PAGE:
This is not beneficial to Atlanta itself either, because it negatively affects housing values as well as creates a large population of individuals who earn their income in Atlanta but spend their property taxes out of it. Invariably the end result is worse traffic for everyone as the metropolitan statistical area becomes less and less efficient with its space. Now Atlanta, through no fault of their own, suffers from the worst traffic in the USA outside of Southern California.

    Examples of effective constraints to this end result are a) the Vail valley in Colorado, where the geographical boundaries on either side of the city are ardorous enough to discourage most from commuting b) Disneyworld in Orlando, who wisely purchased a much larger tract of land than they'd need-knowing that at the fringe of that tract would be poorly planned urban sprawl c) European cities in general, who are extremely reluctant to give new housing permits-which thus guarantees a compact city will stay just that.

    You're certainly correct that prisoner's dilemma is currently changing the landscape of the retail industry forever. Quite rapidly, people are being accustomed to the less visceral feeling of online shopping in exchange for great availability and lower prices. So all retail shops that sell items that don't need local representation are as doomed as the station wagon was at the arrival of the minivan in 1984. The end result of this will be that people's expectations of localized service solutions will vanish. Then competition will ensue amongst the sellers that can compete on price to see who can provide the best service. This service costs money, so in the end there will still be at least two alternatives for the consumer: a firm based purely on price and a firm based on relatively low prices and with excellent service. There have always been customers loyal to both, and there always will be.

    Germany effectively competes in the world market despite absurdly high labor costs. They're able to do this by manufacturing goods that depend more on unique traits rather than competing solely based on price. This is the model for an effective transistion of American labor-compete on other elements besides price and you will be effective in surviving. Compete solely on price and you must face the most desperate laborers head to head in a battle that will be lost until your desperation matches theirs.

    But without the efficiency of such a system we would have chaos. You and I have vastly different definitions of "efficiency".




  6. #56
    Kevin Kolosky
    Join Date
    Jun 1999
    Posts
    738

    Grey Market

    Jarrod

    After checking with a local economist concerning your last post, I am told that if anywhere your theory could have evolved it would have evolved in the United States already, and while it may evolve to a degree, it will never be mainstream. Moreover, he tells me that efficiancy and and cheapness in price do not necessarily coincide. I like what some of the other folks have said. If there are people in this country who are offering good deals, then buy from them. If you live in a country other than the U.S and your local guy offers a great deal, buy from them. Kevin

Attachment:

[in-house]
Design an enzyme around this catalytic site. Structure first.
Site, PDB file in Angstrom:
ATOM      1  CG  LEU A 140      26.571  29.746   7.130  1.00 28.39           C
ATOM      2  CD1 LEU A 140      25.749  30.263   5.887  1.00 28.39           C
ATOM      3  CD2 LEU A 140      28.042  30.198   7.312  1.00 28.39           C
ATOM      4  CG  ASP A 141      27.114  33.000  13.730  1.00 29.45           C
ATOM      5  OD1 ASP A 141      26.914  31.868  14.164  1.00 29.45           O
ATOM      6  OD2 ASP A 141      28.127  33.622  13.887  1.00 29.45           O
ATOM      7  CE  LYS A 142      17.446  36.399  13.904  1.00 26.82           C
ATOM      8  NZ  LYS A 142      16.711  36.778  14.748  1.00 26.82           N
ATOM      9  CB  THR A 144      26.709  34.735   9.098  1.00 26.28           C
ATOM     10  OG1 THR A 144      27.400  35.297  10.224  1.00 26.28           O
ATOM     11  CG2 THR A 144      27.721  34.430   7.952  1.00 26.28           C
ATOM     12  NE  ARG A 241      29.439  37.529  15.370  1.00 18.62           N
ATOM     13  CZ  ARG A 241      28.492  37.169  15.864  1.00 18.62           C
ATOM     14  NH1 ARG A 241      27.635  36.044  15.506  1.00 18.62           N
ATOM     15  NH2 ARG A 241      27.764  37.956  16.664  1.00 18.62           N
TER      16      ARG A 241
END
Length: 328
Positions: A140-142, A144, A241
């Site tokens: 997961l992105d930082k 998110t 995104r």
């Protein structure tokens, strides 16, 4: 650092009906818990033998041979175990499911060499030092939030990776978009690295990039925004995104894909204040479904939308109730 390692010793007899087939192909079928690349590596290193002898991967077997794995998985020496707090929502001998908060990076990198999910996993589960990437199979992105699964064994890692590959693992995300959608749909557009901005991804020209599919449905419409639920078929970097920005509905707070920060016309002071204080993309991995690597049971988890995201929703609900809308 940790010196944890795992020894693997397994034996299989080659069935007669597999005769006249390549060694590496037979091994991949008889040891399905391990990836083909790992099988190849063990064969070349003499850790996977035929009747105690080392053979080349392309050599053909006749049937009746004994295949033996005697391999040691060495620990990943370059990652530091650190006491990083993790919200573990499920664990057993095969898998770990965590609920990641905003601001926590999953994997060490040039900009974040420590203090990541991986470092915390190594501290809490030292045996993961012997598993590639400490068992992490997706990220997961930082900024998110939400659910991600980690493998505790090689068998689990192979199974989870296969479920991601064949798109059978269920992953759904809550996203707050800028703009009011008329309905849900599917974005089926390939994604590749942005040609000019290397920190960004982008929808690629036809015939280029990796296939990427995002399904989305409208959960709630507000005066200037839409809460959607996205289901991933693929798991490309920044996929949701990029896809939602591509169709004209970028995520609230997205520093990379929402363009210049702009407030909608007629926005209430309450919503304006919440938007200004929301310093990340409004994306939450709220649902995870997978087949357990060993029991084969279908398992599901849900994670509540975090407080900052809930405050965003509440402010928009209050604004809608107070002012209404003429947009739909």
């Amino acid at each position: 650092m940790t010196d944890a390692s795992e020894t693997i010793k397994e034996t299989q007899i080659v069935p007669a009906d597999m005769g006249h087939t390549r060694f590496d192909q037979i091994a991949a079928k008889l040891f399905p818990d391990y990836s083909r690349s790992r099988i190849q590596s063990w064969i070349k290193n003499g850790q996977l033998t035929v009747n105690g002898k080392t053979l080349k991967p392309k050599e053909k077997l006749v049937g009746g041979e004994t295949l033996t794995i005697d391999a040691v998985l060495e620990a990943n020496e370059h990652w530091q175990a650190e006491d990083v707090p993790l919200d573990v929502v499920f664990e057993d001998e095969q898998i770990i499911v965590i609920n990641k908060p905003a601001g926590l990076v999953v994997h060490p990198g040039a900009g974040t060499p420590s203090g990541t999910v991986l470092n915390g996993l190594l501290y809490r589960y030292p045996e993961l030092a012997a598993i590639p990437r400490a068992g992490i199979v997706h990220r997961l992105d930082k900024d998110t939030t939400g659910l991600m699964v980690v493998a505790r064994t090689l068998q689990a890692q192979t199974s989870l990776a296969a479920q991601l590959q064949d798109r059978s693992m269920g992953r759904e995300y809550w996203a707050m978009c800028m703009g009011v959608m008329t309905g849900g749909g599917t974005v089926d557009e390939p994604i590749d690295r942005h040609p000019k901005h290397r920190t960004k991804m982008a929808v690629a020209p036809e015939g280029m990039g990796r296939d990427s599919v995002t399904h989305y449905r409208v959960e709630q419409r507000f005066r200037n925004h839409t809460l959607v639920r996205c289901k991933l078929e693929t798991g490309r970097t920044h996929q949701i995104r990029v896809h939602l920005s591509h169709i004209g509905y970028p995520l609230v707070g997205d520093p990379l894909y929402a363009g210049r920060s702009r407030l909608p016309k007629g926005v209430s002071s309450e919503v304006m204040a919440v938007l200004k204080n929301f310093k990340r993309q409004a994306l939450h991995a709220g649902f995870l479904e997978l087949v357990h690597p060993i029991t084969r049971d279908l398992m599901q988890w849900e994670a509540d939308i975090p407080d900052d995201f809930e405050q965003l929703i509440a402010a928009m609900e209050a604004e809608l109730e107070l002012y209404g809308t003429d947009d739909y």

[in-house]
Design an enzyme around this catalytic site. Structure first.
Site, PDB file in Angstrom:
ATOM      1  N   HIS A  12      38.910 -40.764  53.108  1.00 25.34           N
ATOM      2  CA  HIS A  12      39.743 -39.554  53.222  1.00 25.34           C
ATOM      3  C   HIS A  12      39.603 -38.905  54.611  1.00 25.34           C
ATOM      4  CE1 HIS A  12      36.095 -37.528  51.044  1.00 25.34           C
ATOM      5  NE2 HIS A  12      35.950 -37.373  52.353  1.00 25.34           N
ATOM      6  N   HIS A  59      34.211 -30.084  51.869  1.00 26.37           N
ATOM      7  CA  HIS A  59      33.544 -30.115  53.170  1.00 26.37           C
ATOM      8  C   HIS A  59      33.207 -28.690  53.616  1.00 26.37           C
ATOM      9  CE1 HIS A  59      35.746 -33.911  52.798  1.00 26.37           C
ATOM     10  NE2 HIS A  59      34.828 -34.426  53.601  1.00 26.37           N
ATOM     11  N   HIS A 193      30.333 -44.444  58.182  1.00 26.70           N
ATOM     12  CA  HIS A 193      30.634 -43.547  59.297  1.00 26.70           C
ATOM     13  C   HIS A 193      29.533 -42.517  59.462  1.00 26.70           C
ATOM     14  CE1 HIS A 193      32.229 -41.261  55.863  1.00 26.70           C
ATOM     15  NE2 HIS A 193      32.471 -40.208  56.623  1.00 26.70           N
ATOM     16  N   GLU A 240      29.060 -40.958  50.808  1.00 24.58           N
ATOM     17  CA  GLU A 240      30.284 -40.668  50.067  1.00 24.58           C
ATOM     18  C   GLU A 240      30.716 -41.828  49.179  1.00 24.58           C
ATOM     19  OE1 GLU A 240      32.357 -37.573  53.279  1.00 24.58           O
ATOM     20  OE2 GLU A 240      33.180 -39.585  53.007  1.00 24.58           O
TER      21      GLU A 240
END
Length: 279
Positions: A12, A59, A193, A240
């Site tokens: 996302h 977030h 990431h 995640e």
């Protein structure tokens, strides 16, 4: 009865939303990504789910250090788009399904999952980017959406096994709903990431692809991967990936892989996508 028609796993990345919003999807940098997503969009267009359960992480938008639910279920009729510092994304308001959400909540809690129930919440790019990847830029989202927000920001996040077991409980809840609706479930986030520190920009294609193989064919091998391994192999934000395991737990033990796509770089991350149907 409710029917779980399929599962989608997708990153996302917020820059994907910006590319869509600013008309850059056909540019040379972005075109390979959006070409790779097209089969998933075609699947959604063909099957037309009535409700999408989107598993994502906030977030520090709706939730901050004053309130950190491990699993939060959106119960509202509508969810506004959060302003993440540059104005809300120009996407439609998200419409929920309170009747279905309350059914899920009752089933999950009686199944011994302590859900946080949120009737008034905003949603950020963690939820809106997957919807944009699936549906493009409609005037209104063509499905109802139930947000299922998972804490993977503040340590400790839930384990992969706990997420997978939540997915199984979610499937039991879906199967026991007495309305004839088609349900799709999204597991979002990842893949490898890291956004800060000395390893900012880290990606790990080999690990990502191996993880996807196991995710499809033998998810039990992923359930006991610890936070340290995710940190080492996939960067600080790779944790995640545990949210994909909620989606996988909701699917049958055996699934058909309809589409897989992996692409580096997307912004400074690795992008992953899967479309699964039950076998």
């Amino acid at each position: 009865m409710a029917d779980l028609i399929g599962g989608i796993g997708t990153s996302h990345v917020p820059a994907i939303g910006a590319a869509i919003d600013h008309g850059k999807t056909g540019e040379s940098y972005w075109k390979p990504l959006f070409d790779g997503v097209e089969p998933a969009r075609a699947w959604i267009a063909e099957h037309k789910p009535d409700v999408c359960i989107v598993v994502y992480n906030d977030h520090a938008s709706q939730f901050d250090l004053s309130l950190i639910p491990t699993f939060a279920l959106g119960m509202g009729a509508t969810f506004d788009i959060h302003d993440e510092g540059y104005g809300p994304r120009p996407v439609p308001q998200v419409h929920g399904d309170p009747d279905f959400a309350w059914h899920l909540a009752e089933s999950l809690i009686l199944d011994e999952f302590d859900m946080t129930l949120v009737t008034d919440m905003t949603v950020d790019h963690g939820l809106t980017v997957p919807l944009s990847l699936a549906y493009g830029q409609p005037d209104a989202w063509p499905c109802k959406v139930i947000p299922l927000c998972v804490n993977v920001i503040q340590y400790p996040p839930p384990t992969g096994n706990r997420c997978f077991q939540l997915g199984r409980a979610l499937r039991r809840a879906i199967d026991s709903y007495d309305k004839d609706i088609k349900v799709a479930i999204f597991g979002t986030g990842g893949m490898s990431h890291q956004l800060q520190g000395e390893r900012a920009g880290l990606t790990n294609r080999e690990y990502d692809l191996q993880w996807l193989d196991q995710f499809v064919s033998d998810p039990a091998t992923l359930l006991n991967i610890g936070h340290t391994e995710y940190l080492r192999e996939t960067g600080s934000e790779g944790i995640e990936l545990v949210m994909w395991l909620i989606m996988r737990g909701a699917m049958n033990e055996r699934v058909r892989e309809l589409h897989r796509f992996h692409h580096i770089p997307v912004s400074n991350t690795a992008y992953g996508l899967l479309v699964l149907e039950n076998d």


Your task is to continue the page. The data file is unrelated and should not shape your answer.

7. #57

    Join Date
    Jan 2002
    Location
    32250
    Posts
    43

    Grey Market

    Kevin

    Once again, prisoner's dilemma isn't my theory, but rather a tried and true explanation to the actions of man done in the singular which profoundly affect the collective. I don't know which historical mind was the first to document this, but it wasn't me.

    As a geographer I look to the spatial aspect of nearly everything, but I'm curious as to why it matters to you where the theory originated. Do you wish to discredit it due to its origin?

    if anywhere your theory could have evolved it would have evolved in the United States already, and while it may evolve to a degree, it will never be mainstream. I completely disagree. The way we buy a greeting card, for example, will not be changed by more cost-efficient methods. Same goes for fresh fish, flowers, gasoline or the other myriad of purchases that have great spatial advantages or requirements. But in the world of urban development, prisoner's dilemma is absolutely, positively the mainstream model for the unchecked evolution of a metropolitan statistical area. Instead of asking an economist, ask a geographer or urban planner. I just picked Atlanta to make the point, as this is perhaps the worst example of its impact.

    In the last few years there has been a cyclical change in housing values in the USA, with a decades- long trend being reversed: People with high incomes are choosing to once again locate within the primary city's limits, generally tearing down an old small house and putting the largest possible house upon this piece of land that the law allows. In geography it has been termed "masionization," and it has occurred because the time sacrifice of living in the bedroom communities has finally outweighed the monetary savings.

Similar Threads

  1. If 18% Grey Is A Midtone ....
    By Scott Fleming in forum Style & Technique
    Replies: 34
    Last Post: 10-Mar-2006, 21:16
  2. Little Hat Trick (Grey card)
    By Castelberg Tom in forum Lenses & Lens Accessories
    Replies: 3
    Last Post: 5-Mar-2002, 02:40
  3. How To Make/Buy Pure Grey Paint?
    By Bill Glickman in forum Darkroom: Film, Processing & Printing
    Replies: 15
    Last Post: 26-Jan-2002, 14:57
  4. Where can i find a grey card?
    By Clark King in forum Style & Technique
    Replies: 19
    Last Post: 27-Aug-2001, 16:58
  5. warranty/grey market
    By Raven Garrow in forum Resources
    Replies: 18
    Last Post: 25-Feb-2000, 19:00

Bookmarks

Posting Permissions

  • You may not post new threads
  • You may not post replies
  • You may not post attachments
  • You may not edit your posts
  •